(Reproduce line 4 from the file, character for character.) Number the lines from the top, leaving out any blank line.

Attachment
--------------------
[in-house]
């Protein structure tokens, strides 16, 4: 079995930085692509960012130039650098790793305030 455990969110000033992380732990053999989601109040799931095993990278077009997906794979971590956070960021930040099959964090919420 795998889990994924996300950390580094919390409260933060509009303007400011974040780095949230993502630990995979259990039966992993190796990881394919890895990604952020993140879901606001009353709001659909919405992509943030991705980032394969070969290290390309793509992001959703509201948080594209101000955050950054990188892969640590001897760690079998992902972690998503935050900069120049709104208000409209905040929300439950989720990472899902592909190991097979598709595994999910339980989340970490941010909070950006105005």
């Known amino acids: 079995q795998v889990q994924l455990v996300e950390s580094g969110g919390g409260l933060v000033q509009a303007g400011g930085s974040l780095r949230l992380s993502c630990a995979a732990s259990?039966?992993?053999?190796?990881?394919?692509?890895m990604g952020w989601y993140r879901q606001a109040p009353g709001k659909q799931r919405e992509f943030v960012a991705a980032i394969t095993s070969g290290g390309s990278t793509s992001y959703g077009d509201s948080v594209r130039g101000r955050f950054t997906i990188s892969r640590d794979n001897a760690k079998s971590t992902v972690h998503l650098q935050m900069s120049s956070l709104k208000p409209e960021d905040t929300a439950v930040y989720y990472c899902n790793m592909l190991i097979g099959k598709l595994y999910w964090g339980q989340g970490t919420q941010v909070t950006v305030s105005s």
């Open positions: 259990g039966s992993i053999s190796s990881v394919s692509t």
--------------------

């Open positions: 259990g039966s992993i053999s190796s990881v394919s692509t």